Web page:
Action Item: Find out the “reality” of your EVP by going straight to the source: your employees. Data-driven survey tools like The Muse BrandBuilder can uncover the authentic aspects of your EVP, told by your employees’ stories about working with your company.
As your D&I initiatives progress, your company’s recruiting strategy will be constantly adapting to reach underrepresented groups, and that’s your cue to stay aligned on target candidate personas.
“A question that we continually ask ourselves is, Does our office reflect the community that it’s in?” said Aubrey. “We look at our workforce to understand what groups are underrepresented or marginalized, and that may be different based on the location.”
Creating an empathy map for each candidate persona will help you know what messages and what channels are best to reach and connect with the candidates you’re seeking.
Action Item: As you build a partnership with your senior-most leader responsible day-to-day for your company’s Diversity and Inclusion strategy and results, it will be critically important that you get aligned on precisely who you are trying to attract and recruit into your organization. Update your target candidate personas 2-4 times a year to ensure that your Recruitment Marketing campaigns are aligned to your D&I objectives.
4. What’s your message: What are you communicating about your culture and values to attract and reach more diverse audiences?
Messaging is one of the most important aspects to our Recruitment Marketing strategy. If done well, we’ll attract our right-fit candidates to us from the start.
When it comes to Diversity and Inclusion, pictures are a stronger proof point than words on your career site. Candidates not only want to know what it’s like to work at your company, they also want to see who works at your company.
At SRSC, the panelists strongly advised against using stock photography, but at the same time recommended using the most diverse and inclusive photos you can of your employees.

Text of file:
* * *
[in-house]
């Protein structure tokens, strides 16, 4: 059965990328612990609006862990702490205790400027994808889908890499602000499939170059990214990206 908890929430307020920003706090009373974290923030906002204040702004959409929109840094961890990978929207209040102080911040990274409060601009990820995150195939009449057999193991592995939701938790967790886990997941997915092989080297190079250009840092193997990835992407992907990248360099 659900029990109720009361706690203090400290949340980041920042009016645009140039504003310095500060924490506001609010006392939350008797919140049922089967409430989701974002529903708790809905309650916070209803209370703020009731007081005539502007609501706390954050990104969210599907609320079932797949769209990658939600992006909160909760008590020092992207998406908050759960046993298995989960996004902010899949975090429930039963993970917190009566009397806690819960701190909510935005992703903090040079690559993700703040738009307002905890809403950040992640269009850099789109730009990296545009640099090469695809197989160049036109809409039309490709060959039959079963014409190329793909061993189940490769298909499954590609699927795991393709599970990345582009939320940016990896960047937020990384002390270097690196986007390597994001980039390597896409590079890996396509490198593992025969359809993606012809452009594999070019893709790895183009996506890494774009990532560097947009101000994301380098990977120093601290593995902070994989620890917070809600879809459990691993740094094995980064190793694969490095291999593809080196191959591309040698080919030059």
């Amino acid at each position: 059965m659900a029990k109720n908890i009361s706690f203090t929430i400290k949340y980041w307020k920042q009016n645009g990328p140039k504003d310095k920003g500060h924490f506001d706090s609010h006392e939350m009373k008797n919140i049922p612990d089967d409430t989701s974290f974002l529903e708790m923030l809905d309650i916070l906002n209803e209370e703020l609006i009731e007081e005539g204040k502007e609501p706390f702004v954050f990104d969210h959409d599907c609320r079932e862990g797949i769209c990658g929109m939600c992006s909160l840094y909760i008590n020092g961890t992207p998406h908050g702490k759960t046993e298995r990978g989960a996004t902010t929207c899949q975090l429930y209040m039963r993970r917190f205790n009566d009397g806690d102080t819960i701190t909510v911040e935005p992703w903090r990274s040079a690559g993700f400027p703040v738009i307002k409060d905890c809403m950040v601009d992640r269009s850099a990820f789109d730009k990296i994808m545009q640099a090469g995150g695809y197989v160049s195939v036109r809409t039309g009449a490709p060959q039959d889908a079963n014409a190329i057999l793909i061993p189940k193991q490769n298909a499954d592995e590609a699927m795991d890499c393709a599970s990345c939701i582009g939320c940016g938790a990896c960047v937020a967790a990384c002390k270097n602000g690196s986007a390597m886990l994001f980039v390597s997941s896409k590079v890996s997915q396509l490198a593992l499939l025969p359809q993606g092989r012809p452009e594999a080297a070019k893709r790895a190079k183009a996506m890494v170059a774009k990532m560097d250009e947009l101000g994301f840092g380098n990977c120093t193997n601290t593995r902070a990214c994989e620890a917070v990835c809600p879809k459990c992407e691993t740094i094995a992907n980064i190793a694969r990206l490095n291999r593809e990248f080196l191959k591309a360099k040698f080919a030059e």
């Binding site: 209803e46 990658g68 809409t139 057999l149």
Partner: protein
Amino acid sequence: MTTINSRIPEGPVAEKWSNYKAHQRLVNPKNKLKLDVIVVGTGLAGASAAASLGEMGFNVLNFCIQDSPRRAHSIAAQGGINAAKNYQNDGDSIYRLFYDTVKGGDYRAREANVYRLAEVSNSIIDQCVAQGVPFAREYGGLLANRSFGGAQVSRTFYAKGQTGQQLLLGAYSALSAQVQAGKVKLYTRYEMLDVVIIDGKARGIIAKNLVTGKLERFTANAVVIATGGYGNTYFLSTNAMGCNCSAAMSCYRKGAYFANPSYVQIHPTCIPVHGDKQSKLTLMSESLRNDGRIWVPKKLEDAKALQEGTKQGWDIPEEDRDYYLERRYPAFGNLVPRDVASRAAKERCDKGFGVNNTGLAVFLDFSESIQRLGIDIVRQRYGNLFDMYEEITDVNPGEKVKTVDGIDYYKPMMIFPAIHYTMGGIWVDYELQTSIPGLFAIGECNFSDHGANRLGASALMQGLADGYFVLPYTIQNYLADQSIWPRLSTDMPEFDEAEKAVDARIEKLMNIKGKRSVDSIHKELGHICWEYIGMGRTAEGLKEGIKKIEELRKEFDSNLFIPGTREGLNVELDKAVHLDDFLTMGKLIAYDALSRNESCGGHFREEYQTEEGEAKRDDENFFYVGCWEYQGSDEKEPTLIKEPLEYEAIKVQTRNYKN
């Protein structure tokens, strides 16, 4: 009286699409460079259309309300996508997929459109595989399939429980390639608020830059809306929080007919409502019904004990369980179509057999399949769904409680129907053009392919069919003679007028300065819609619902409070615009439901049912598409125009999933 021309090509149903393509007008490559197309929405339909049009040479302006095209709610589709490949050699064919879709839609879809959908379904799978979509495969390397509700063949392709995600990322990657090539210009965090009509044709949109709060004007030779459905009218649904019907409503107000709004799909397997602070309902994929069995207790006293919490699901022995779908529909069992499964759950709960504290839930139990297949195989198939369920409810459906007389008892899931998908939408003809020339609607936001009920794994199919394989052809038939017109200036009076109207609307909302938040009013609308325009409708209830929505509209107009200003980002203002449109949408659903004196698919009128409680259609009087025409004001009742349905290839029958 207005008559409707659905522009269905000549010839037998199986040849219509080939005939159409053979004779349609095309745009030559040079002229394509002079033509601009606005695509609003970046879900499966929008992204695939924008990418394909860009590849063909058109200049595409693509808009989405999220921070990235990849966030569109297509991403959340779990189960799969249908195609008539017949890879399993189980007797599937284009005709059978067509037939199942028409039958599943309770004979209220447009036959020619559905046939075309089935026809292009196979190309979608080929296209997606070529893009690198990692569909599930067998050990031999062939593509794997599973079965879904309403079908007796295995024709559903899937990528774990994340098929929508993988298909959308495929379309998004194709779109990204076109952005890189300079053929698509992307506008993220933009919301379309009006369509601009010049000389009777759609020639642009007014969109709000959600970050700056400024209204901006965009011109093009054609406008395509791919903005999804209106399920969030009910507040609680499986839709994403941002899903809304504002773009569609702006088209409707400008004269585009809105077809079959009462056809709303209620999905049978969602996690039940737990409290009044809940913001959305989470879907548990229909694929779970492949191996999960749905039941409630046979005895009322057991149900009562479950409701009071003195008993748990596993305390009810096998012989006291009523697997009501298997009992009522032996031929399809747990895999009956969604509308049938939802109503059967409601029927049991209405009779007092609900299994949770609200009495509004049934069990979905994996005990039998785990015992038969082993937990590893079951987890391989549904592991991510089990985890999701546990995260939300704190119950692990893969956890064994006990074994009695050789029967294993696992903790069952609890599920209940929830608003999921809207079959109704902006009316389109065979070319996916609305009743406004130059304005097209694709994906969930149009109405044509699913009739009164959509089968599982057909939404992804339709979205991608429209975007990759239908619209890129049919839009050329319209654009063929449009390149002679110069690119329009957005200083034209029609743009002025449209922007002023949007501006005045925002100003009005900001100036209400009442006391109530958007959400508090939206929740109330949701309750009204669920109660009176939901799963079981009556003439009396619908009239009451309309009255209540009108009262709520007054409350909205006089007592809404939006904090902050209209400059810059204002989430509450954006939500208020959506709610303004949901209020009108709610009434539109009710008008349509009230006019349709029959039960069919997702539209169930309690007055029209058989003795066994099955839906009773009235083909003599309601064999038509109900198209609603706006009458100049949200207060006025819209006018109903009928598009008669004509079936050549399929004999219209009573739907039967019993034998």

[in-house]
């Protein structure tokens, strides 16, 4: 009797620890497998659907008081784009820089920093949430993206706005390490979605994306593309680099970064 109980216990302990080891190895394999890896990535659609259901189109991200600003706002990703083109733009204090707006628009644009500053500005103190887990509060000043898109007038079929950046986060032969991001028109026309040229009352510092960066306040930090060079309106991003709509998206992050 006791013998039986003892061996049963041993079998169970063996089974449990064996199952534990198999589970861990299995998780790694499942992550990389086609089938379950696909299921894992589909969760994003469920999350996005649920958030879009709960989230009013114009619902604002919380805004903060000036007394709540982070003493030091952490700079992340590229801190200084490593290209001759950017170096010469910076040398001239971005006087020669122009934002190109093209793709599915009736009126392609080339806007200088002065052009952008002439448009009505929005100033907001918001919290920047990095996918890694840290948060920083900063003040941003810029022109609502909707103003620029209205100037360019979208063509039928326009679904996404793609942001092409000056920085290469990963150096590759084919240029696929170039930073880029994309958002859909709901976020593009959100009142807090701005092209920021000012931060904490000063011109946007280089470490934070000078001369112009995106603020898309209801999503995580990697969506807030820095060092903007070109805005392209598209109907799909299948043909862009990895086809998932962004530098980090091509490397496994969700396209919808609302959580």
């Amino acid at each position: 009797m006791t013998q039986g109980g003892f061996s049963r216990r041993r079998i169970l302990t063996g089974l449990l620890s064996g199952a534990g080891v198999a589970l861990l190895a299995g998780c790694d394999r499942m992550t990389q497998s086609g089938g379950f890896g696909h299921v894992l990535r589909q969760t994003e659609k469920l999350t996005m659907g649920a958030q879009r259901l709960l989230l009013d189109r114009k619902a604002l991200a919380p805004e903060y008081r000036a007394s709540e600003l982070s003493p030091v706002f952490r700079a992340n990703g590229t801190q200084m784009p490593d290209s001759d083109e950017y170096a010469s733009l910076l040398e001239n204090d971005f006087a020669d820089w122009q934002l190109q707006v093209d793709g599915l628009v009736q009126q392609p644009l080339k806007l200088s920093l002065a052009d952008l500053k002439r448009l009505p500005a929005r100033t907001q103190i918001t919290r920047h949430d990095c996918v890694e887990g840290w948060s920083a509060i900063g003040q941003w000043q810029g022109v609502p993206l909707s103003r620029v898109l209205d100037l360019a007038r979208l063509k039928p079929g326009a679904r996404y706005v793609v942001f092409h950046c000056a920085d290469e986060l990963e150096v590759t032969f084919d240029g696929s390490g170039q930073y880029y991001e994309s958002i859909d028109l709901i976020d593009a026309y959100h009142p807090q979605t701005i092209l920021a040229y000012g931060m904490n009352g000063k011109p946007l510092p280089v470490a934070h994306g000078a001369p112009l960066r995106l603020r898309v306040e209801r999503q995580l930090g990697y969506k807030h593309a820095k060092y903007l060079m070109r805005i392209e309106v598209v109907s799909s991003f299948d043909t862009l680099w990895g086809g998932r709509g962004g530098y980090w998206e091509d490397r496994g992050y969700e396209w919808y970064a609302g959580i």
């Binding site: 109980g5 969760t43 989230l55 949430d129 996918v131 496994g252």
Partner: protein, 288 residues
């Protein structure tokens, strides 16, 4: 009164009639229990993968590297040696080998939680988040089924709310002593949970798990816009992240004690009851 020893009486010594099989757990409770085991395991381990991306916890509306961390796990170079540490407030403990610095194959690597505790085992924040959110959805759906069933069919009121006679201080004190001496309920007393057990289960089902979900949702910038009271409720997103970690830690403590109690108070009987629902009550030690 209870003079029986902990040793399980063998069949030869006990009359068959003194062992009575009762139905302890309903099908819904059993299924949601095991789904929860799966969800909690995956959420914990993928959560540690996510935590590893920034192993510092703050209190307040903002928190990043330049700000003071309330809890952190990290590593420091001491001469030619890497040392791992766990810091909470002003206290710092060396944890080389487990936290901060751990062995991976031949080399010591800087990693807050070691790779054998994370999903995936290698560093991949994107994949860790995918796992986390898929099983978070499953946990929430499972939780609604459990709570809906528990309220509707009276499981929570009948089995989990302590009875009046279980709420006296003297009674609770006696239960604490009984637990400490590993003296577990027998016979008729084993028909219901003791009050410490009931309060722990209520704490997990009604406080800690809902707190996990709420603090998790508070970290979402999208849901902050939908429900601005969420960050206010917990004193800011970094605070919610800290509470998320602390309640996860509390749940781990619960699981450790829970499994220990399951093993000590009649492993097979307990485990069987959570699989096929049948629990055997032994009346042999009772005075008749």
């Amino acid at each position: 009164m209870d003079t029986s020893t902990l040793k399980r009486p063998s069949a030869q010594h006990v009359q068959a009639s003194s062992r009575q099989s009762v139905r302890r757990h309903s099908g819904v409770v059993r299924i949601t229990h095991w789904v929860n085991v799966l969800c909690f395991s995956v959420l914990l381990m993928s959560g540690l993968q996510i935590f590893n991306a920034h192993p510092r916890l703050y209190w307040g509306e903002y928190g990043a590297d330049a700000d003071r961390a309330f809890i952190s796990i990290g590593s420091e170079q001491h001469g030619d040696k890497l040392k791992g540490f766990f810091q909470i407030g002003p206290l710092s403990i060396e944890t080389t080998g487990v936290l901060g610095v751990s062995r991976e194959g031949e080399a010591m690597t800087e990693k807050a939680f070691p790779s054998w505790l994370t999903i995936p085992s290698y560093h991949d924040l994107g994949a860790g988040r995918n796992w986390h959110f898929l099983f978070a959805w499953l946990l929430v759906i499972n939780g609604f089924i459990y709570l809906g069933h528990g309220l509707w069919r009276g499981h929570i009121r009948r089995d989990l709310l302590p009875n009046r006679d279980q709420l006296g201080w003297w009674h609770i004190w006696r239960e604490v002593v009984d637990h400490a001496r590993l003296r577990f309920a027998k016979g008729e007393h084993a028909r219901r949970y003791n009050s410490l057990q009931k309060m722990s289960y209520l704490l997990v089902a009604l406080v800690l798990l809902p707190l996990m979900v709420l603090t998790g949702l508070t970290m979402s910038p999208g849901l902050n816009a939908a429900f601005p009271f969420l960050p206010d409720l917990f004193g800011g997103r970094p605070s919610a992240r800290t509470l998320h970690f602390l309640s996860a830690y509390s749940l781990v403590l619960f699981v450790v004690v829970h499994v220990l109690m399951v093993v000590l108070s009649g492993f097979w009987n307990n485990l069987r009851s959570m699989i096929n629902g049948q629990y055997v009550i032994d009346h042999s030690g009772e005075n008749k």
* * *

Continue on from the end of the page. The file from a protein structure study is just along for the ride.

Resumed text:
“Try to mirror your target audiences, but do so authentically,” added Aubrey. “If there are diverse groups that are currently underrepresented, be transparent, then communicate your objectives.”
Here’s an example from Qualcomm showcasing engineering careers, and letting pictures communicate who they’re trying to attract.
But words are important too. Especially words that can exclude people due to unconscious bias. Some tech startups have received criticism for targeting too narrow of a demographic in their messaging (young male developers) by using words like “rockstar” or talking about a “beer fridge” or “foosball table.”
“Are you narrowing your candidate funnel with your messaging?” Aubrey asks. “Be conscious of subtle signals, like do benefits and perks only speak to one demographic?” For example, Atlassian’s benefits describe a “fully stocked kitchen” rather than a beer fridge, and highlights their programs and policies for “work/life balance.”
They also use Textio to help remove unconscious bias from their job descriptions and ensure their language is gender neutral and inclusive.
Action Item: Review the photos and videos on your career site and social channels, and ensure they’re reflecting your current employees as well as emphasizing the candidate personas you’re trying to attract to support your D&I objectives. These days all you need is a smartphone to take great photos, but consider an employer branding agency to be your partner in telling your story. Companies like TMP Worldwide, Stories Incorporated, The Muse and KRT Marketing are just a few that can help.
5. Check your presence: What channels are you using to deliver your message to reach intended audiences?